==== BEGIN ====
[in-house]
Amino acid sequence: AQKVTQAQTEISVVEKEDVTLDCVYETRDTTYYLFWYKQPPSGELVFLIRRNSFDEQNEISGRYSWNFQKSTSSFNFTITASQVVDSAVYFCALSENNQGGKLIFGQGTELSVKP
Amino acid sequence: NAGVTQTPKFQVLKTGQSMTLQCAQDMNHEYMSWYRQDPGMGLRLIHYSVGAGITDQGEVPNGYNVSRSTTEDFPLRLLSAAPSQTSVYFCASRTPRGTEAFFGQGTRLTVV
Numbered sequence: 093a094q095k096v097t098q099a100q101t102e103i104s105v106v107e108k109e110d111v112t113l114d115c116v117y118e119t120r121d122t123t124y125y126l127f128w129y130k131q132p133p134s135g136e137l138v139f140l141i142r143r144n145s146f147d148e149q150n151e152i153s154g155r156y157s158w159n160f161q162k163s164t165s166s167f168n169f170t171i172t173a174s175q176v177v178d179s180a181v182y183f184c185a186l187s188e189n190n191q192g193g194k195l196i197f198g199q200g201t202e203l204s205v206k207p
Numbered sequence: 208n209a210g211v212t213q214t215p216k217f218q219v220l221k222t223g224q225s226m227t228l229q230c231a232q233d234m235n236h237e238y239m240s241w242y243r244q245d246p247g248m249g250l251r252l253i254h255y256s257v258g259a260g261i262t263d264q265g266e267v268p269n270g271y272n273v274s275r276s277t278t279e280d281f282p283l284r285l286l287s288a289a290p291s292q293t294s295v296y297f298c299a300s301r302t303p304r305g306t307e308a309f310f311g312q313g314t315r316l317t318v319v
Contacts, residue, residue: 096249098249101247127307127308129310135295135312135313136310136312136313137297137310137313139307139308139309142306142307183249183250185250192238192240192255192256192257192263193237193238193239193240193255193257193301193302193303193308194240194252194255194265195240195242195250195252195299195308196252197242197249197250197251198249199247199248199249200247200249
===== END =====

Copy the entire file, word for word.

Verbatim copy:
[in-house]
Amino acid sequence: AQKVTQAQTEISVVEKEDVTLDCVYETRDTTYYLFWYKQPPSGELVFLIRRNSFDEQNEISGRYSWNFQKSTSSFNFTITASQVVDSAVYFCALSENNQGGKLIFGQGTELSVKP
Amino acid sequence: NAGVTQTPKFQVLKTGQSMTLQCAQDMNHEYMSWYRQDPGMGLRLIHYSVGAGITDQGEVPNGYNVSRSTTEDFPLRLLSAAPSQTSVYFCASRTPRGTEAFFGQGTRLTVV
Numbered sequence: 093a094q095k096v097t098q099a100q101t102e103i104s105v106v107e108k109e110d111v112t113l114d115c116v117y118e119t120r121d122t123t124y125y126l127f128w129y130k131q132p133p134s135g136e137l138v139f140l141i142r143r144n145s146f147d148e149q150n151e152i153s154g155r156y157s158w159n160f161q162k163s164t165s166s167f168n169f170t171i172t173a174s175q176v177v178d179s180a181v182y183f184c185a186l187s188e189n190n191q192g193g194k195l196i197f198g199q200g201t202e203l204s205v206k207p
Numbered sequence: 208n209a210g211v212t213q214t215p216k217f218q219v220l221k222t223g224q225s226m227t228l229q230c231a232q233d234m235n236h237e238y239m240s241w242y243r244q245d246p247g248m249g250l251r252l253i254h255y256s257v258g259a260g261i262t263d264q265g266e267v268p269n270g271y272n273v274s275r276s277t278t279e280d281f282p283l284r285l286l287s288a289a290p291s292q293t294s295v296y297f298c299a300s301r302t303p304r305g306t307e308a309f310f311g312q313g314t315r316l317t318v319v
Contacts, residue, residue: 096249098249101247127307127308129310135295135312135313136310136312136313137297137310137313139307139308139309142306142307183249183250185250192238192240192255192256192257192263193237193238193239193240193255193257193301193302193303193308194240194252194255194265195240195242195250195252195299195308196252197242197249197250197251198249199247199248199249200247200249